The ESL Pro League Season 9 is about to kick off, and with a brand new revamped format, we are expecting loads of action!
Season 9 of ESL Pro League is about to begin. ESL has opted to revamp the entire format for this season. Read on as we break down the new format, as well as give you some fantasy analysis for all three regions.
Last year, Astralis and MIBR were amongst the teams that battled through the long and grueling online league to make it to the LAN finals in Odense, Denmark where Astralis were crowned champions. ESL have chosen to shake things up for 2019, as the format has been revamped entirely due to the oversaturation of events and the time constraints that come with that.
The three regions (Europe, The Americas & Asia-Pacific) have been divided into four groups of four and seeded based on ESL’s own world ranking. They will then play through a round-robin format with best-of-three for all matches to determine who advances to the LAN finals in Montpellier, France. Eight teams from the European division will qualify, six from the Americas and two from the Asian-Pacific.
The new format visualized.
For Europe and the Americas, the group winners will advance directly to the LAN finals, whereas the teams finishing in second and third place will advance to a second round-robin group and play for the last remaining spots (Four for Europe and two for the Americas). Since South America has its own group, at least one South American team is guaranteed to make it to the LAN finals.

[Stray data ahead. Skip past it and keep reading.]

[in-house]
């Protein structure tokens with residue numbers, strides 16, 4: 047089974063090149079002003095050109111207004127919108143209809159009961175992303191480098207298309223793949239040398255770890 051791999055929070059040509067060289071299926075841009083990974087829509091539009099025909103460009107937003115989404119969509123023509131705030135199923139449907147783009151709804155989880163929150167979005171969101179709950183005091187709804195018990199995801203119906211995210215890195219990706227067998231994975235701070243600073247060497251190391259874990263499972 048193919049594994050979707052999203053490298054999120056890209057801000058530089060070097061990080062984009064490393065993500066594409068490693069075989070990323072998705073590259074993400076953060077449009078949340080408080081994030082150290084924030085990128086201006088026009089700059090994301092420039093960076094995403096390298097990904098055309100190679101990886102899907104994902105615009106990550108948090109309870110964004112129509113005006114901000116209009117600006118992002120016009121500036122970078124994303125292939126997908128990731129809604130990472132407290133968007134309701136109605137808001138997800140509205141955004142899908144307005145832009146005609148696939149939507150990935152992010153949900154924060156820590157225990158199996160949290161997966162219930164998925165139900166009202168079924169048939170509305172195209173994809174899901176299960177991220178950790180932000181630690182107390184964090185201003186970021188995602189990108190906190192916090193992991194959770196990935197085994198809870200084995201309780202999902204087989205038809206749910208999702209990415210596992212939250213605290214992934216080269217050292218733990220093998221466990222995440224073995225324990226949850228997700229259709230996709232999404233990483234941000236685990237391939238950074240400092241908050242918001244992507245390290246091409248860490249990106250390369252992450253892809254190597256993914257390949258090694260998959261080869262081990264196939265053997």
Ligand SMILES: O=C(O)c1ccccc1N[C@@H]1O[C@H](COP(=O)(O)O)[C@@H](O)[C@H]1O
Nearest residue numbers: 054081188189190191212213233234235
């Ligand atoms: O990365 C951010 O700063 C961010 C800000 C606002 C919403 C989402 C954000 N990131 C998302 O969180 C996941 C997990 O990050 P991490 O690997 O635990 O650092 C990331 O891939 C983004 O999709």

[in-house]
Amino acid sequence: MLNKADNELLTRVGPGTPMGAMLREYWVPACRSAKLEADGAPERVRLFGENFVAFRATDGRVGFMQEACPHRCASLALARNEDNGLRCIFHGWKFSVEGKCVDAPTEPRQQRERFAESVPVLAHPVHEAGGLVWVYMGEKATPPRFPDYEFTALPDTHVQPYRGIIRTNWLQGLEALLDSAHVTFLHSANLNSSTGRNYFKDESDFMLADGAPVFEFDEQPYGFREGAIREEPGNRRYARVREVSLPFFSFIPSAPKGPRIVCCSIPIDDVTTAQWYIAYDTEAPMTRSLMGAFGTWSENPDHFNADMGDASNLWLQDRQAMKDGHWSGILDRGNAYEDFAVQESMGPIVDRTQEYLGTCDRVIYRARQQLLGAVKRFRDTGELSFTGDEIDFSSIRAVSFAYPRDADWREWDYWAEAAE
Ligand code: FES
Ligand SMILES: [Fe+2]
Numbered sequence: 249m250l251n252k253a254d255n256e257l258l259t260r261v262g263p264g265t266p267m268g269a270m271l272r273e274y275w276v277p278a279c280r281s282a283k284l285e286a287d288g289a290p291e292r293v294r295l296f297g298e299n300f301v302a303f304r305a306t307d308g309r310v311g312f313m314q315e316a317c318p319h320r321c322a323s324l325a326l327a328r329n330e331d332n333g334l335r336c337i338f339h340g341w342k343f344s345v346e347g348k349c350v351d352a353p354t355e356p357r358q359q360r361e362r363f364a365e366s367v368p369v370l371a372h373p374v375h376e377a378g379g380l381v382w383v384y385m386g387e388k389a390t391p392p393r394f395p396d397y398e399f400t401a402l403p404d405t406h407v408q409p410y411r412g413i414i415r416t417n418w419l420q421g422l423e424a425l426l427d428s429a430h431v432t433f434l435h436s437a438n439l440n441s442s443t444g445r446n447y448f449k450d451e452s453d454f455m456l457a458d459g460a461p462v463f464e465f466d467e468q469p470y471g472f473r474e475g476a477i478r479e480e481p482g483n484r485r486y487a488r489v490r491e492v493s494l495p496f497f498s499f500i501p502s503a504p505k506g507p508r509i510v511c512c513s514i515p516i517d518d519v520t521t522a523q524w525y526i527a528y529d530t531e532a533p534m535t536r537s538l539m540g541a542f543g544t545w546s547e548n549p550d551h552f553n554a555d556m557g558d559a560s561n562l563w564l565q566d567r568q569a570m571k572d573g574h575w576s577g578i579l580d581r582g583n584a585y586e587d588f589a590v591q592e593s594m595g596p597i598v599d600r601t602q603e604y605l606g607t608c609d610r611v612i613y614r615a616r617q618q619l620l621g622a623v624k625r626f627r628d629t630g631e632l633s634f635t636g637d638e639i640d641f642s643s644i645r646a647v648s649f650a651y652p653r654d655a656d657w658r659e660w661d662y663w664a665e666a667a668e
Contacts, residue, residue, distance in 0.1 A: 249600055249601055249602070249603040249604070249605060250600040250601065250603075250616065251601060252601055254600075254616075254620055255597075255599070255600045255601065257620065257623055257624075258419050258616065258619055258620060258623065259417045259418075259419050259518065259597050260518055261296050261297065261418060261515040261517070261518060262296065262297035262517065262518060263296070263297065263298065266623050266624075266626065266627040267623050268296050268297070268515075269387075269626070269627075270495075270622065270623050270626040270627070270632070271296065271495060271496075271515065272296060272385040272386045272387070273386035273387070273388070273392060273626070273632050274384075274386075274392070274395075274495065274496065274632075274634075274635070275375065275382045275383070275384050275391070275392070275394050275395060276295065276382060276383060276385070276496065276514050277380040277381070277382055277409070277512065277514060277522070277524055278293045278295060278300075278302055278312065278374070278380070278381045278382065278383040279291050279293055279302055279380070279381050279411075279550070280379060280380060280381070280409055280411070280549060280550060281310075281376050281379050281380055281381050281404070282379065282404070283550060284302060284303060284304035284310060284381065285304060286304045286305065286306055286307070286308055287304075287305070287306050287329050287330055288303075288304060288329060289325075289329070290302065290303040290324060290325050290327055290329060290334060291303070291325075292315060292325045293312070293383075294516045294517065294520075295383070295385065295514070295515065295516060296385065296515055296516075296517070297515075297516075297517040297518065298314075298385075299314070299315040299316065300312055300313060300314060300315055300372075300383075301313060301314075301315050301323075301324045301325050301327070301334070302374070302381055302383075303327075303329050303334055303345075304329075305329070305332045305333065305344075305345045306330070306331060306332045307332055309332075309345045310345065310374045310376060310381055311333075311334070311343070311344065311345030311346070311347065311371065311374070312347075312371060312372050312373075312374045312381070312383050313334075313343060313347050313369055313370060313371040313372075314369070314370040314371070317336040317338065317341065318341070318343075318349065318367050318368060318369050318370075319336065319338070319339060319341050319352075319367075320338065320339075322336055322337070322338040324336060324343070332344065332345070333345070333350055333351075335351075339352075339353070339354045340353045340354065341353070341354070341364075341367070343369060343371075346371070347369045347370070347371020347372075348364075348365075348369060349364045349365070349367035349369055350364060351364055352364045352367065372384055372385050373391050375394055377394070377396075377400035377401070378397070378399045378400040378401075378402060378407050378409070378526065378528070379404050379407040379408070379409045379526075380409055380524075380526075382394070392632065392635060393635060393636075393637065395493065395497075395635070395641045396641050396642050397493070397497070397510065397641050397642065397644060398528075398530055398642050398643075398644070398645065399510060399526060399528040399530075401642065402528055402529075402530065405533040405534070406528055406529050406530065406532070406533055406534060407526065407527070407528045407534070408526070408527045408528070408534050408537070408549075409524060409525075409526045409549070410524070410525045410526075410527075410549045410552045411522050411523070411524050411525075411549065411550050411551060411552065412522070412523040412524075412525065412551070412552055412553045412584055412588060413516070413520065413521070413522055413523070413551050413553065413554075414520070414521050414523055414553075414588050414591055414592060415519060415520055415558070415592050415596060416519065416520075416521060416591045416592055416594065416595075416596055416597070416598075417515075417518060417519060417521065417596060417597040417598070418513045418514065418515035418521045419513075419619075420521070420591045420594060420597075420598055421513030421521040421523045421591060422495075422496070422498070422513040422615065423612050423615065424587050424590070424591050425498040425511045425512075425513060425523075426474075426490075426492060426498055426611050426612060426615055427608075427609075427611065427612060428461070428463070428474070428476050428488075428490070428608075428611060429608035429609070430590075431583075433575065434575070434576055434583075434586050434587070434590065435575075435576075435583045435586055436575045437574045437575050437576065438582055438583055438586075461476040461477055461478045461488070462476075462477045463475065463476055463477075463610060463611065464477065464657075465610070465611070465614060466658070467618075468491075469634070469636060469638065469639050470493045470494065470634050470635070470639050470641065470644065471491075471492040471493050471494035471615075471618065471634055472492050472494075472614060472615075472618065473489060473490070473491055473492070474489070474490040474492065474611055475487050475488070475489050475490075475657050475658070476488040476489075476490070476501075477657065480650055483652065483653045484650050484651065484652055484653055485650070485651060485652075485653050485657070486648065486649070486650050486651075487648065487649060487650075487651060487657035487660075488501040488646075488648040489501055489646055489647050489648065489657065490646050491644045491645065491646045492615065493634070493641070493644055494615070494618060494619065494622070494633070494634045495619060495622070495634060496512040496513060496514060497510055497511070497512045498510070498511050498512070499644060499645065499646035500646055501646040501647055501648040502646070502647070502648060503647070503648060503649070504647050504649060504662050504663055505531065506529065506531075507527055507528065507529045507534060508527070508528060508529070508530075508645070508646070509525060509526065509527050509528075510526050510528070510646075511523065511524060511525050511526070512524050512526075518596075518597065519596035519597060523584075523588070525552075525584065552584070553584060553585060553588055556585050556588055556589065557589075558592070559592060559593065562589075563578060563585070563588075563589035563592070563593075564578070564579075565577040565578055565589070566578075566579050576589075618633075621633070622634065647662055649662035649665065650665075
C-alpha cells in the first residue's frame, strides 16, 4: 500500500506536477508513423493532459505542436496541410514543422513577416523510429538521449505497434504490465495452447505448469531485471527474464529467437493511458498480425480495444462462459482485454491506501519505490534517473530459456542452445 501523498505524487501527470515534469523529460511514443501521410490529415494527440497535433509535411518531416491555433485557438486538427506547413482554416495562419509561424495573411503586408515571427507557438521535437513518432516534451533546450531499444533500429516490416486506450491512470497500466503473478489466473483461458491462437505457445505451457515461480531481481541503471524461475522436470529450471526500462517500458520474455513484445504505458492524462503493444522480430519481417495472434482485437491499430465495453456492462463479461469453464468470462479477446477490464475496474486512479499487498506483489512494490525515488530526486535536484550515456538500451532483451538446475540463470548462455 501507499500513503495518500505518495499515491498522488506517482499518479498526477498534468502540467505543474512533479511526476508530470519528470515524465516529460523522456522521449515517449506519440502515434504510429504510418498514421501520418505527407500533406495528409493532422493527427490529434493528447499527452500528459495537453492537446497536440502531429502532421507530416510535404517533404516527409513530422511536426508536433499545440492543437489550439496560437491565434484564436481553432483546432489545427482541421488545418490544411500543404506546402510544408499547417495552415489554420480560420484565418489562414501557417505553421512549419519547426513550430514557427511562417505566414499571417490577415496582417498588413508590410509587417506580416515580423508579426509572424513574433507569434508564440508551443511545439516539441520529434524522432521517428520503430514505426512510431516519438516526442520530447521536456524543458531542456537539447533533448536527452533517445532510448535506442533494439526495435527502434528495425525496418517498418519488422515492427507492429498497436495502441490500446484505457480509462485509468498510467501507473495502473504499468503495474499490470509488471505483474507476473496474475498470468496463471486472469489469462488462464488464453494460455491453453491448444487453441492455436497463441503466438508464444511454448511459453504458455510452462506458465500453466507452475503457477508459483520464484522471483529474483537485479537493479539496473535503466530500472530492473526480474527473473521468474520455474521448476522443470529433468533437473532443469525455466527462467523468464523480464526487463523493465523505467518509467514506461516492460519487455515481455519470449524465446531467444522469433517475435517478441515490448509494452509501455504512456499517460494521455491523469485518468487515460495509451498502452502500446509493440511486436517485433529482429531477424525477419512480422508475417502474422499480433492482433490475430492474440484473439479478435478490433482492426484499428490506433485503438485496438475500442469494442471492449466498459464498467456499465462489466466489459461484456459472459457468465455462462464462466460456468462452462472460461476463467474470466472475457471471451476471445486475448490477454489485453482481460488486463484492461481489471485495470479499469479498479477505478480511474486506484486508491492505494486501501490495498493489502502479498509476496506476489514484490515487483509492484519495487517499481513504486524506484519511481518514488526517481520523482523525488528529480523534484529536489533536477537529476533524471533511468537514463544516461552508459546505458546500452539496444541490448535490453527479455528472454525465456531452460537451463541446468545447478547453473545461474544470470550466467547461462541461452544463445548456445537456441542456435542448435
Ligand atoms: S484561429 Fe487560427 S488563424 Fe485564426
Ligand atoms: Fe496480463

In the Asian-Pacific region, no teams will qualify directly as they will have to go through both stages to qualify. One spot will be handed out to Asia and one to Oceania. Since the Asian and Oceanic teams are separated into different groups, both regions will be represented at the LAN finals.
What’s also new for Season 9 is that the European and American division will be played on LAN in Europe and The United States respectively. The matches for the Asia-Pacific region will be played entirely online.
The regular season will start April 12 and run until May 23. The LAN finals will be played June 18 in Montpellier, France and the winner will be crowned June 23.
Picklebet will be running fantasy competitions all throughout the season with plenty of prizes up for grabs. Here is a rundown of all of the recent top scorers as well as some sleeper picks.